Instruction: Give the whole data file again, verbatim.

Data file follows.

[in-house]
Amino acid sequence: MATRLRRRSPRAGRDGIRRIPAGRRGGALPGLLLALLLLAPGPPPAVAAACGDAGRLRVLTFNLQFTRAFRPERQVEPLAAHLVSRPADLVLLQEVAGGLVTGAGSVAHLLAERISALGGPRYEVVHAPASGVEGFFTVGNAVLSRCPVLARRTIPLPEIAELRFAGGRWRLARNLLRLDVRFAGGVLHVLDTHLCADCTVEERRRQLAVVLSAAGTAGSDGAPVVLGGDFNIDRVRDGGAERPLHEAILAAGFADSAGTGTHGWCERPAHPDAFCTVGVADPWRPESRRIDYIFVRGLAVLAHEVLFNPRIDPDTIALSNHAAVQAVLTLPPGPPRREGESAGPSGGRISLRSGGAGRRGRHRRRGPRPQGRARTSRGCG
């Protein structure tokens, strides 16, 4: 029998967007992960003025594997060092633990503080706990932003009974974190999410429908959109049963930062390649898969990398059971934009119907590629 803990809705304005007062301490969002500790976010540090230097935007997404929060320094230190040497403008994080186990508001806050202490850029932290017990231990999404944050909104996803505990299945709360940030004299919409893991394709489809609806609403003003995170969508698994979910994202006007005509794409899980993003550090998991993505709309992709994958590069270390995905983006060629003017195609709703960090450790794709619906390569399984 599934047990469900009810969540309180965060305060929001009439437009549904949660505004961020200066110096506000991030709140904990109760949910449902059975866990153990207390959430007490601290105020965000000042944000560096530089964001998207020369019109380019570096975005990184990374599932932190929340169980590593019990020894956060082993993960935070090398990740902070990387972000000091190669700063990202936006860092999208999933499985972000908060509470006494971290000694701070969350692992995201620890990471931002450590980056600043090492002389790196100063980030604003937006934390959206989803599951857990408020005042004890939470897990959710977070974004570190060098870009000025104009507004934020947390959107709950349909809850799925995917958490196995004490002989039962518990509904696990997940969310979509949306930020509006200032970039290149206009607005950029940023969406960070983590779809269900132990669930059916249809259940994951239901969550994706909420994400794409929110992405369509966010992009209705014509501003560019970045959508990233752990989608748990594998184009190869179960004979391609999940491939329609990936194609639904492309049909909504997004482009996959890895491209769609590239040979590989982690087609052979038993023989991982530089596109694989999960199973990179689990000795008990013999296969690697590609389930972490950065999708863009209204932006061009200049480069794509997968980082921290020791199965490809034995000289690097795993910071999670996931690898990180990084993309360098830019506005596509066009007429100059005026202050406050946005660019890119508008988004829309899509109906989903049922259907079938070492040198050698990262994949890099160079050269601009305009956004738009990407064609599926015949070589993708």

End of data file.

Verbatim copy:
[in-house]
Amino acid sequence: MATRLRRRSPRAGRDGIRRIPAGRRGGALPGLLLALLLLAPGPPPAVAAACGDAGRLRVLTFNLQFTRAFRPERQVEPLAAHLVSRPADLVLLQEVAGGLVTGAGSVAHLLAERISALGGPRYEVVHAPASGVEGFFTVGNAVLSRCPVLARRTIPLPEIAELRFAGGRWRLARNLLRLDVRFAGGVLHVLDTHLCADCTVEERRRQLAVVLSAAGTAGSDGAPVVLGGDFNIDRVRDGGAERPLHEAILAAGFADSAGTGTHGWCERPAHPDAFCTVGVADPWRPESRRIDYIFVRGLAVLAHEVLFNPRIDPDTIALSNHAAVQAVLTLPPGPPRREGESAGPSGGRISLRSGGAGRRGRHRRRGPRPQGRARTSRGCG
């Protein structure tokens, strides 16, 4: 029998967007992960003025594997060092633990503080706990932003009974974190999410429908959109049963930062390649898969990398059971934009119907590629 803990809705304005007062301490969002500790976010540090230097935007997404929060320094230190040497403008994080186990508001806050202490850029932290017990231990999404944050909104996803505990299945709360940030004299919409893991394709489809609806609403003003995170969508698994979910994202006007005509794409899980993003550090998991993505709309992709994958590069270390995905983006060629003017195609709703960090450790794709619906390569399984 599934047990469900009810969540309180965060305060929001009439437009549904949660505004961020200066110096506000991030709140904990109760949910449902059975866990153990207390959430007490601290105020965000000042944000560096530089964001998207020369019109380019570096975005990184990374599932932190929340169980590593019990020894956060082993993960935070090398990740902070990387972000000091190669700063990202936006860092999208999933499985972000908060509470006494971290000694701070969350692992995201620890990471931002450590980056600043090492002389790196100063980030604003937006934390959206989803599951857990408020005042004890939470897990959710977070974004570190060098870009000025104009507004934020947390959107709950349909809850799925995917958490196995004490002989039962518990509904696990997940969310979509949306930020509006200032970039290149206009607005950029940023969406960070983590779809269900132990669930059916249809259940994951239901969550994706909420994400794409929110992405369509966010992009209705014509501003560019970045959508990233752990989608748990594998184009190869179960004979391609999940491939329609990936194609639904492309049909909504997004482009996959890895491209769609590239040979590989982690087609052979038993023989991982530089596109694989999960199973990179689990000795008990013999296969690697590609389930972490950065999708863009209204932006061009200049480069794509997968980082921290020791199965490809034995000289690097795993910071999670996931690898990180990084993309360098830019506005596509066009007429100059005026202050406050946005660019890119508008988004829309899509109906989903049922259907079938070492040198050698990262994949890099160079050269601009305009956004738009990407064609599926015949070589993708």